Research led by Professor Nick Brindle at the University of Leicester and Julian Sale from the LMB’s PNAC Division has resulted in the production of a molecule that has great therapeutic potential in the treatment of inflammatory conditions. Much of the work took place while Nick was on sabbatical at the LMB and involved additional input from Dr Hiroshi Arakawa in Italy and Dr Jean-Marie Buerstedde at Yale.
Angiopoietins play a critical role in the development and maintenance of blood vessels. There are two forms of Angiopoietin, Ang1 and Ang2, which both bind to the same receptor tyrosine kinase (Tie2) but exert quite different effects. Ang1 is continuously produced by the perivascular cells surrounding blood vessels and helps maintain the vasculature, while Ang2 plays an important role in blood vessel formation and remodelling during development and is normally not expressed in the adult. However, expression of Ang2 is re-induced in a number of disease states such as sepsis and cancer, and this results in blood vessels becoming unstable and leaky, which contributes significantly to the pathology of these conditions.
Previous work carried out in Michael Neuberger’s laboratory at the LMB identified human and avian B cell lines that continuously alter their antibody genes. This allows the mimicking of the natural process (affinity maturation) by which antibodies can be made more specific for a given target by repeated rounds of selection and further diversification. This basic technique, covered by an MRC patent which is currently licensed to the US company AnaptysBio, has been employed to generate a number of antibodies and has also been used to generate novel variants of green fluorescent protein.
The latest research aimed to see whether hypermutating B cells lines could be used to evolve a version of the receptor Tie2 that would specifically bind to the ‘bad’ Ang2, but not to the ‘good’ Ang1. The aim was to create a soluble form of the receptor that could be used as a ‘ligand trap’ to mop up Ang2 in disease states. The DNA for Tie2 was inserted into the antibody loci of the avian cell line so the cells ‘thought’ it was antibody DNA and mutated it. The mutations resulted in variants that are expressed on the cell surface and these were first selected for decreased Ang1 binding and then for high Ang2 binding, producing a molecule which is a very specific trap for Ang2. The mutations that were introduced lay at the predicted interface between Tie2 and the Angiopoetins, but were a completely unanticipated combination of a deletion and point mutation, neither of which on their own resulted in the properties of the final mutant molecule. Nick’s group have shown that the new ‘ligand trap’ is active in cell culture model systems and are currently testing it in a range of other models.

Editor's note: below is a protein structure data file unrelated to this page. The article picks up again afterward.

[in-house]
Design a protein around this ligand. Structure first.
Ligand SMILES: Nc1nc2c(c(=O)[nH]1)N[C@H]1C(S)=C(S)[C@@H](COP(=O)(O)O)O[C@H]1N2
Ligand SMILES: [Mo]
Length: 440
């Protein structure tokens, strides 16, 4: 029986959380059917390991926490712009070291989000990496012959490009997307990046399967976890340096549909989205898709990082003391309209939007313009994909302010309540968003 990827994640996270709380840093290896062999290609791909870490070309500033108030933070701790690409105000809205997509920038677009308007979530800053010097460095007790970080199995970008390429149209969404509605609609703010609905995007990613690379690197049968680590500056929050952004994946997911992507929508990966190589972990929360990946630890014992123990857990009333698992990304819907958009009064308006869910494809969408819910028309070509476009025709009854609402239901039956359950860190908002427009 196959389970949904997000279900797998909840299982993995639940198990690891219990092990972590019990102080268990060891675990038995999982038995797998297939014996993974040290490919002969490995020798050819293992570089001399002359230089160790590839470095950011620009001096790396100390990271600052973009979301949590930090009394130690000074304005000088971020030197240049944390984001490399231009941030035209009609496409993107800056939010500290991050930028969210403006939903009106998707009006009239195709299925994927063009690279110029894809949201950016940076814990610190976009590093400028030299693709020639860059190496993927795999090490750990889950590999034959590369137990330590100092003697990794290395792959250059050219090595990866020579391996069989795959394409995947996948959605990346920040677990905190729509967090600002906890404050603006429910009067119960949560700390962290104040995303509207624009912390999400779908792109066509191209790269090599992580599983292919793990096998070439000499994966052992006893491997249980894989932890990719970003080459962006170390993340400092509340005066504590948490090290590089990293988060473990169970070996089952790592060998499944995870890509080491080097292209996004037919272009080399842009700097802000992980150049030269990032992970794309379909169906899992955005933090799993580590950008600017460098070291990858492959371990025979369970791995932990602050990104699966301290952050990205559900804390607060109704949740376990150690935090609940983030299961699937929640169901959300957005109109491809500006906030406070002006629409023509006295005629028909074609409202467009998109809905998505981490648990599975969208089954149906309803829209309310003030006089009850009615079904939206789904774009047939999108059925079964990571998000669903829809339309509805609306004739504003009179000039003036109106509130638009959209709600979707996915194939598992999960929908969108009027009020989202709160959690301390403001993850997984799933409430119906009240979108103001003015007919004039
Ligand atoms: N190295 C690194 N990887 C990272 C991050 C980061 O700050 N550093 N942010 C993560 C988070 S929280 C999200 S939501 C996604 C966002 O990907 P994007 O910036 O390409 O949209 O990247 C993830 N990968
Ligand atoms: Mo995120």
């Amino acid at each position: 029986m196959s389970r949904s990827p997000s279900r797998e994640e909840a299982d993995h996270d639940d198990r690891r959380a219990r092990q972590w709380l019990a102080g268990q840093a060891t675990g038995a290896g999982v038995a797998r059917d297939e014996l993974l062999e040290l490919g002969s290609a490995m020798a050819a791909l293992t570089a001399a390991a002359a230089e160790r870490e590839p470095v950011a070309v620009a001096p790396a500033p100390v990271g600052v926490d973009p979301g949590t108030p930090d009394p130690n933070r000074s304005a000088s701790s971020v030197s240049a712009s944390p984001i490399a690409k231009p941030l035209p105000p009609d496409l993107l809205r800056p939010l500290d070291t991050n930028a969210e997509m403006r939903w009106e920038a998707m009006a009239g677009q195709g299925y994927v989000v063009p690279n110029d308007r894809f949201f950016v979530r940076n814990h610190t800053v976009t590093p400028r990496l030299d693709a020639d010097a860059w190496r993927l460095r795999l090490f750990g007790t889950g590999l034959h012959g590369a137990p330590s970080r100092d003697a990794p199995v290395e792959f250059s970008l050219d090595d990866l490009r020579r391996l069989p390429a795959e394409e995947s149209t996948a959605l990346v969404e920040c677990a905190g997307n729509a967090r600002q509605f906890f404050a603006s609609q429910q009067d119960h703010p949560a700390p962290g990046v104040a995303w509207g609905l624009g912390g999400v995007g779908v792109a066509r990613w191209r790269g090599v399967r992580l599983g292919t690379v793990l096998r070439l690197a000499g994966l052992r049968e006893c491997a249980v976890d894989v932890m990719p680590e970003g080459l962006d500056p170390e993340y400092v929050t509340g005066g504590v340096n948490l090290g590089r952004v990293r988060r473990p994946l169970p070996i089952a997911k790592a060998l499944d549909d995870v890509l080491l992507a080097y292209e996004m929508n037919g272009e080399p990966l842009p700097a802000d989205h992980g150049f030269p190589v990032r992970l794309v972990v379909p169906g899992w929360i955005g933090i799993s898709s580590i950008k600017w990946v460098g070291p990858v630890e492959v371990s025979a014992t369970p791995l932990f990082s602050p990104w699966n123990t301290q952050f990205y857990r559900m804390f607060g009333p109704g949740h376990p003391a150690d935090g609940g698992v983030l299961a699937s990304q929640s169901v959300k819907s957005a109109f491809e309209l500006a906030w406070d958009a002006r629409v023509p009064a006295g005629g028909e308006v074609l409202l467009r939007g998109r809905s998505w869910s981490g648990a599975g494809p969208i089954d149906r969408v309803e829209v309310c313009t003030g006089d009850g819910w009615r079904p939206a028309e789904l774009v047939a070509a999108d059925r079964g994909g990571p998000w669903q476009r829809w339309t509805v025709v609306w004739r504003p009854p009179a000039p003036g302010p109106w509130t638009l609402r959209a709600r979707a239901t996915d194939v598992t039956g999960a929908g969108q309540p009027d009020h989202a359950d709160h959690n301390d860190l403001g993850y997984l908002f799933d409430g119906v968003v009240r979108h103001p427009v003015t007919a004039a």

Ligand traps, such as this, have a number of potential advantages over antibody therapeutics. They have better tissue penetration and they generally don’t need protection from the immune system. The molecule identified in this work is a potentially important therapeutic which could lead to a new range of drugs with applications in inflammatory disorders. It is also the first exemplar of application of this cell line technology to a non-antibody target bound to a cell surface. These specifically evolved ‘designer proteins’ could also have a wide range of applications in the chemical, pharmaceutical, and agricultural industries. A patent for the original molecule was taken out by MRCT, and the collaboration between Nick in Leicester and Julian at LMB will now try and apply the technology to other targets.
The work was funded by the MRC, BBSRC and the Wellcome Trust.
Sale & Neuberger Immunity 9:859-869 (1998)
Sale et al. Nature 412:921-926 (2001)
Cumbers et al. Nature Biotechnology 20:1129-1134 (2002)